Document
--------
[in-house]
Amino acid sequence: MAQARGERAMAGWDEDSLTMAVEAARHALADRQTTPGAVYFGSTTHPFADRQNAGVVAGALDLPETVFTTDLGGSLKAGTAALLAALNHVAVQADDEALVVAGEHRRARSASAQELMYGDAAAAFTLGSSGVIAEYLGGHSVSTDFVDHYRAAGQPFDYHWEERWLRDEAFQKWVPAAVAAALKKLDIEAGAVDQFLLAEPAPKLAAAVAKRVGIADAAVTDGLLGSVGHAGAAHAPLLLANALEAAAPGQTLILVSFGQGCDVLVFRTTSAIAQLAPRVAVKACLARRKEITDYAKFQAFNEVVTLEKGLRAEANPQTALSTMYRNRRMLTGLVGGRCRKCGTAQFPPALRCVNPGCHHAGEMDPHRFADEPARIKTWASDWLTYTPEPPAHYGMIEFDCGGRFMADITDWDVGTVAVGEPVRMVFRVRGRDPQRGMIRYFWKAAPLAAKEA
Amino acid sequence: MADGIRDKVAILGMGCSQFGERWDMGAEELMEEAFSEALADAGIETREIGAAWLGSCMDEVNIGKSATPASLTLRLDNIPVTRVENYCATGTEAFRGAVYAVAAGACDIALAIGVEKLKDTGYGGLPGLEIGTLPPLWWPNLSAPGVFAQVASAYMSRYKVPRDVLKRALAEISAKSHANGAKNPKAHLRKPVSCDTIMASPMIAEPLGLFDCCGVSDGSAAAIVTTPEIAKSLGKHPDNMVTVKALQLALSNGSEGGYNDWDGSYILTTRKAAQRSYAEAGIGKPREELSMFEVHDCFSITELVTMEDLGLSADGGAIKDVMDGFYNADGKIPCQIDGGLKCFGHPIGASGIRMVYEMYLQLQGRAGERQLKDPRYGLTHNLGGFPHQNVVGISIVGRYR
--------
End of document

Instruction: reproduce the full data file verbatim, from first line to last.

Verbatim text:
[in-house]
Amino acid sequence: MAQARGERAMAGWDEDSLTMAVEAARHALADRQTTPGAVYFGSTTHPFADRQNAGVVAGALDLPETVFTTDLGGSLKAGTAALLAALNHVAVQADDEALVVAGEHRRARSASAQELMYGDAAAAFTLGSSGVIAEYLGGHSVSTDFVDHYRAAGQPFDYHWEERWLRDEAFQKWVPAAVAAALKKLDIEAGAVDQFLLAEPAPKLAAAVAKRVGIADAAVTDGLLGSVGHAGAAHAPLLLANALEAAAPGQTLILVSFGQGCDVLVFRTTSAIAQLAPRVAVKACLARRKEITDYAKFQAFNEVVTLEKGLRAEANPQTALSTMYRNRRMLTGLVGGRCRKCGTAQFPPALRCVNPGCHHAGEMDPHRFADEPARIKTWASDWLTYTPEPPAHYGMIEFDCGGRFMADITDWDVGTVAVGEPVRMVFRVRGRDPQRGMIRYFWKAAPLAAKEA
Amino acid sequence: MADGIRDKVAILGMGCSQFGERWDMGAEELMEEAFSEALADAGIETREIGAAWLGSCMDEVNIGKSATPASLTLRLDNIPVTRVENYCATGTEAFRGAVYAVAAGACDIALAIGVEKLKDTGYGGLPGLEIGTLPPLWWPNLSAPGVFAQVASAYMSRYKVPRDVLKRALAEISAKSHANGAKNPKAHLRKPVSCDTIMASPMIAEPLGLFDCCGVSDGSAAAIVTTPEIAKSLGKHPDNMVTVKALQLALSNGSEGGYNDWDGSYILTTRKAAQRSYAEAGIGKPREELSMFEVHDCFSITELVTMEDLGLSADGGAIKDVMDGFYNADGKIPCQIDGGLKCFGHPIGASGIRMVYEMYLQLQGRAGERQLKDPRYGLTHNLGGFPHQNVVGISIVGRYR